The link between family background and children’s outcomes has been researched in longitudinal studies of twins. These have suggested that both nature (genetic inheritance) and nurture (a child’s emotional and physical environment) play a part in children’s intellectual development.

A significant study by Feinstein (2003) shows that the effects of socio-economic status (SES) on children’s long-term educational achievement are apparent before they reach pre-school. Children with low SES who show promising early signs of cognitive development at age 22 months are predicted to fall behind their high SES peers by the age of 5. Feinstein’s work has been instrumental in providing the evidence for targeted interventions on the grounds of social justice.

It is important, however, to note that while some disadvantages (risk factors) have the potential to lead to underachievement, other factors (resilience factors) can provide an individual child with the resources to overcome them.

Life courses that appear very similar may lead to quite different learning outcomes .

Key risk factors

  • Poverty (low socio-economic status (SES)), financial insecurity and
    poor housing
  • Poor early care – inconsistency, over-control, abuse, neglect
  • Poor relationships with siblings and other children
  • Aspirations and attitudes towards education
  • Health issues – illness and disability
  • Lack of parental bonding and attachment

Key resilience factors

Research has identified that there are family behaviours that may be encouraged to promote resilient development or that are more protective in directly countering the risks to children. Two particular areas are:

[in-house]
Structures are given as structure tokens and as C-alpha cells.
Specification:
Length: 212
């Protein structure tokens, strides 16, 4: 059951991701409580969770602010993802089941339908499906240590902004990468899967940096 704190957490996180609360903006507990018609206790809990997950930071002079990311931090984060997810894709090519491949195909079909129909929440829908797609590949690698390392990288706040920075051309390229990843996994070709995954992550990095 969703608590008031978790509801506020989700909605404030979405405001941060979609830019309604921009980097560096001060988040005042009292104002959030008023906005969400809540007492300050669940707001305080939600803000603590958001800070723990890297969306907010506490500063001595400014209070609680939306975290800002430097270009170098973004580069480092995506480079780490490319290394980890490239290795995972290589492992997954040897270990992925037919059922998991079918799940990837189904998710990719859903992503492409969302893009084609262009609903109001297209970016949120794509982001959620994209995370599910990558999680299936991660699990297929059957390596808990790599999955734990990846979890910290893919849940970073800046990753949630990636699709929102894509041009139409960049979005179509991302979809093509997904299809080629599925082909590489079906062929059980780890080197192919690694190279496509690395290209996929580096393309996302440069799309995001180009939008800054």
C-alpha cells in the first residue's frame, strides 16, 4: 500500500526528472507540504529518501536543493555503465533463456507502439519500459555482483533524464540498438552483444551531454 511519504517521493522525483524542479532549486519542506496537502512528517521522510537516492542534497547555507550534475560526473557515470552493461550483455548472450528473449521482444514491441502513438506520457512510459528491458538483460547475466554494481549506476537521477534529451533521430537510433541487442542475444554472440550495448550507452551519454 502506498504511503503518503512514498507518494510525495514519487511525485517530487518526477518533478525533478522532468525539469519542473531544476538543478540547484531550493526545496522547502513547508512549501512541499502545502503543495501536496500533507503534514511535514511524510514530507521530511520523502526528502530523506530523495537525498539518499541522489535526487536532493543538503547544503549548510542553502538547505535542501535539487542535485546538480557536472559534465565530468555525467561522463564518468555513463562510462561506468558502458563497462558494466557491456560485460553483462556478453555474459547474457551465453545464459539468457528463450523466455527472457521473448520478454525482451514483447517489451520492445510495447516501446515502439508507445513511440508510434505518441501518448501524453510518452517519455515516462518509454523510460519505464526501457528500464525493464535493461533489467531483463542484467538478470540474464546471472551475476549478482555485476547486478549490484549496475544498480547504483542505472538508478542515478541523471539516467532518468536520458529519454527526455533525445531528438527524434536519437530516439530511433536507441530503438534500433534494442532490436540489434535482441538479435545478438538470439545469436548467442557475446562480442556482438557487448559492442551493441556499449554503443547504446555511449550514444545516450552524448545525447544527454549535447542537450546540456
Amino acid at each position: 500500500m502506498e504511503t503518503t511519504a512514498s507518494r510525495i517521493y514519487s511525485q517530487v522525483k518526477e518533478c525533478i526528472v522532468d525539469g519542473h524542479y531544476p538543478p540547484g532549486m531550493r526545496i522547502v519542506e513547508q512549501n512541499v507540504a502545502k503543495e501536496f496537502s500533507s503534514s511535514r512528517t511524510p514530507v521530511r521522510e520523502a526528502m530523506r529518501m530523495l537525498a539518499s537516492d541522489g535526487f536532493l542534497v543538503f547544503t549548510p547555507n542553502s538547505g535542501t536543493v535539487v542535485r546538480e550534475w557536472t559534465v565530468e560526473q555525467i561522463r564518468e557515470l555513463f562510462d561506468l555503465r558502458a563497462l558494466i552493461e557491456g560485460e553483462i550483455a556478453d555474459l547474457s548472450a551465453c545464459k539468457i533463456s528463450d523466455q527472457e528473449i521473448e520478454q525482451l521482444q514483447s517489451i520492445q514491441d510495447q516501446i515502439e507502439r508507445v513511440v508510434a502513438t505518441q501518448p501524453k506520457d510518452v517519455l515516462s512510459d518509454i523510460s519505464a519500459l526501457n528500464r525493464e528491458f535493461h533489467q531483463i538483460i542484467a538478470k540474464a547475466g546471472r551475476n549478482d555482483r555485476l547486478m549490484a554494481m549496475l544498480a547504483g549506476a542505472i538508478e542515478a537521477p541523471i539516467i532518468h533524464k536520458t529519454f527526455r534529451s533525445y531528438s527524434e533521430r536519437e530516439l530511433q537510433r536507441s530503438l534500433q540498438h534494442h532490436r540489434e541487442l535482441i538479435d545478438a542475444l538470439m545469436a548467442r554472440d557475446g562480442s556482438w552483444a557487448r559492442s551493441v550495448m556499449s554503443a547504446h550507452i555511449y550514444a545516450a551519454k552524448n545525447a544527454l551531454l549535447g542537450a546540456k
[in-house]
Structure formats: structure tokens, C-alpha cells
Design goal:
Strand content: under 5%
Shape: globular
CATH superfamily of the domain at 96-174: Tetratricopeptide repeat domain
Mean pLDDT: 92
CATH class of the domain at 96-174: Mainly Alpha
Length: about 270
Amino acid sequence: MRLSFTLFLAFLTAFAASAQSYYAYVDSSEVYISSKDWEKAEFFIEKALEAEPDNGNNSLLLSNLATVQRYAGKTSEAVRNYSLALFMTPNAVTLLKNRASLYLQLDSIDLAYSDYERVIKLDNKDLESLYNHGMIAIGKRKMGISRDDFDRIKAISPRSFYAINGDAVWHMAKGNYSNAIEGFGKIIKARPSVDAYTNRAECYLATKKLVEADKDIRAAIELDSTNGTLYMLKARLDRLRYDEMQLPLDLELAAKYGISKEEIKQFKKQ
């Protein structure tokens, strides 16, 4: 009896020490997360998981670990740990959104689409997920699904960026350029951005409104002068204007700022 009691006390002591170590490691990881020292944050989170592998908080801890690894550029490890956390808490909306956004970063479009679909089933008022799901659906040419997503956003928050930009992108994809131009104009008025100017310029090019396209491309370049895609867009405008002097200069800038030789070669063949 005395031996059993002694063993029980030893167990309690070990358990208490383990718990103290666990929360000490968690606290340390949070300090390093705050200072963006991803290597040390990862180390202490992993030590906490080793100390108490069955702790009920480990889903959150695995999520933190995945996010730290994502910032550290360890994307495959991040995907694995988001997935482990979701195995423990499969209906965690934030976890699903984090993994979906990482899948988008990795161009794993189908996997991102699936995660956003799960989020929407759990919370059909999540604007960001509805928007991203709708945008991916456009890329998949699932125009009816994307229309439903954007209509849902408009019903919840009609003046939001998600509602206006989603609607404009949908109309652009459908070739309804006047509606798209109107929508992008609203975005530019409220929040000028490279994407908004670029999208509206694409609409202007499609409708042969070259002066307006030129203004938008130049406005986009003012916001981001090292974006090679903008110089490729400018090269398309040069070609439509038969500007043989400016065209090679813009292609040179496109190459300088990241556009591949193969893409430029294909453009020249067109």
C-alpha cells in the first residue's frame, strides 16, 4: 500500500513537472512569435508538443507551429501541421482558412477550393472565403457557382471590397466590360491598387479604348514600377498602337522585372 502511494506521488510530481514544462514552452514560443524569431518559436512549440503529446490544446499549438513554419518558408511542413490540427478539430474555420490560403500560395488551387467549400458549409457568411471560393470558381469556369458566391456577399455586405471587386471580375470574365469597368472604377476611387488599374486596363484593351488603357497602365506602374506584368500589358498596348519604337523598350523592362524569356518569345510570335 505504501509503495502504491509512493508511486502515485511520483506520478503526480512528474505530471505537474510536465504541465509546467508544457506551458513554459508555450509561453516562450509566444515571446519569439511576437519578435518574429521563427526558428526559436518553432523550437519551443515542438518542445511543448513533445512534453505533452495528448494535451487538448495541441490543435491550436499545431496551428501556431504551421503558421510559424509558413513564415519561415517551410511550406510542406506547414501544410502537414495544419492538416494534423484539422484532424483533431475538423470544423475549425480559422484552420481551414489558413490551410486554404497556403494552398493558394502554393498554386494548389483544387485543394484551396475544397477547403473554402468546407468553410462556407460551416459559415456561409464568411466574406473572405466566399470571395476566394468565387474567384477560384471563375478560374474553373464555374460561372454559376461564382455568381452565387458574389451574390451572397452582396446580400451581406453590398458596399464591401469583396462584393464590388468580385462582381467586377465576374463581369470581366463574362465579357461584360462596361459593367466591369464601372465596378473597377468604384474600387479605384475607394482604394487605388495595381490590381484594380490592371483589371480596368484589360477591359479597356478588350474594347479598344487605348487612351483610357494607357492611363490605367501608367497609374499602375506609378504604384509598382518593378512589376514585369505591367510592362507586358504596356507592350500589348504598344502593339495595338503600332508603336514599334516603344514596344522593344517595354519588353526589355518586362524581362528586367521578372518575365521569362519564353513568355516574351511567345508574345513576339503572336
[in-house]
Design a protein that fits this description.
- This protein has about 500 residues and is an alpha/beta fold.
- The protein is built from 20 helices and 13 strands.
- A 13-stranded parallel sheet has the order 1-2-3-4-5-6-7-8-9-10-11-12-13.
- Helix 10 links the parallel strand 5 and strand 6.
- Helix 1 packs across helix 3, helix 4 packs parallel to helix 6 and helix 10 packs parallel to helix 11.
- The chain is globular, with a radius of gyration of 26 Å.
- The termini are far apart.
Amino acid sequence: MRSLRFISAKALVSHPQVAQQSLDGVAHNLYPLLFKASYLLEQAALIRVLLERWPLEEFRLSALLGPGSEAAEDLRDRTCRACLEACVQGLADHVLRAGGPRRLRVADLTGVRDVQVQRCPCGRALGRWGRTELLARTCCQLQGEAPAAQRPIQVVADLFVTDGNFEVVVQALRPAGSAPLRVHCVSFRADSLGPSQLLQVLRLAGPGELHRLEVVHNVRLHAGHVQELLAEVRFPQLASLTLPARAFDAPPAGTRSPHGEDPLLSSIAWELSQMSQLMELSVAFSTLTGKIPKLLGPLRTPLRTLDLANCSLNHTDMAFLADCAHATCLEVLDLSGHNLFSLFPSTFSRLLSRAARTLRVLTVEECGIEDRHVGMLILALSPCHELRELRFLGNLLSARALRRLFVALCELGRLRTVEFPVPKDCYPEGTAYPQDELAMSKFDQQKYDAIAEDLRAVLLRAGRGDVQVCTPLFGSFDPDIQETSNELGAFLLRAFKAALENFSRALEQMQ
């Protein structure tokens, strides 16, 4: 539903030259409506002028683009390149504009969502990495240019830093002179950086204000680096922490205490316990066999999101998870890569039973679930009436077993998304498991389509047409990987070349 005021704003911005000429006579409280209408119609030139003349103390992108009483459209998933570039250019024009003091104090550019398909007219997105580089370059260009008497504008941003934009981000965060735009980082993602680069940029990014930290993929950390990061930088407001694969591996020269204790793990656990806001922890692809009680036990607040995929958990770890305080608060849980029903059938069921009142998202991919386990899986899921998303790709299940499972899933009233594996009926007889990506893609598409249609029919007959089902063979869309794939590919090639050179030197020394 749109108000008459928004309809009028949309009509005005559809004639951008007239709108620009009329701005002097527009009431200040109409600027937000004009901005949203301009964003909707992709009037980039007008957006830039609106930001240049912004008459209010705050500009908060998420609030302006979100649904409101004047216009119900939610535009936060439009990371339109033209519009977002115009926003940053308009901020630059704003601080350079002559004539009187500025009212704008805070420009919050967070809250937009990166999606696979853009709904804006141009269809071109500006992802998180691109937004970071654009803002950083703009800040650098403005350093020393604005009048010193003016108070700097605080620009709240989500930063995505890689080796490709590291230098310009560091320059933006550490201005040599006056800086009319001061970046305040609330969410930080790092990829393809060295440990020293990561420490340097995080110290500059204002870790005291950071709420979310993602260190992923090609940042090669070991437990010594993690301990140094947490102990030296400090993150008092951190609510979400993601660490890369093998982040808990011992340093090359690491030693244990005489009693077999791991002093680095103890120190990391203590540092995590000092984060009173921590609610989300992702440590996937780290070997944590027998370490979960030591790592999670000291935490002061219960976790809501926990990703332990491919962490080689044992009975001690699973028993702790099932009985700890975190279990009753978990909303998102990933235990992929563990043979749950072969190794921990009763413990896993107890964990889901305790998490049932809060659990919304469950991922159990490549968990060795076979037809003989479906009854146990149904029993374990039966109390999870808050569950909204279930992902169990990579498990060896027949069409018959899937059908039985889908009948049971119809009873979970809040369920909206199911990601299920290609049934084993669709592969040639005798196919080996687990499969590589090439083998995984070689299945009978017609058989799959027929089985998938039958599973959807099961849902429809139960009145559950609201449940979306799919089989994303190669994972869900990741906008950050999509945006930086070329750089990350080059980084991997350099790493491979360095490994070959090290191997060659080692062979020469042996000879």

• Parental interest and involvement in early education – this means encouraging parents to have expectations and promoting self-efficacy – believing that you can achieve your dreams
  • Providing additional educational support through an enhanced Home Learning Environment (HLE) or supplementary schooling

Other resilience factors are:

  • Mother’s education – this has a strong and positive effect on children’s learning up to the age of 11 (it is also a strong predictor for social and behavioural outcomes at age 11)
  • Attending a high quality pre-school

Parents tend to provide a higher quality HLE for girls than for boys. The
EPPE study has shown that parents offer different parenting styles to boys and girls, which suggests that parental attitudes, together with responses to children’s developmental stages and interests, are more influential than material disadvantage.

Further evidence is reported from the Millenium Cohort Study (MCS) which found differences between how baby boys and baby girls were able to use communicative gestures at 9 months. Use the interaction below to compare your assumptions on this subject with the research findings.


Research indicates that functions like this develop as a direct response to the degree of stimulus and challenge that a child experiences. The resultant gap in language and literacy skills is apparent in national assessment results from the early years through to GCSE.

Kids playing football

Reflection points

Consider the following in light of your own service:

  • whether you have any activities in place to encourage family behaviours that can promote resilient development in children
  • whether you help parents with ideas on how to support their children at home, especially in relation to the differences that have been observed in HLEs for boys and girls.

Further Reading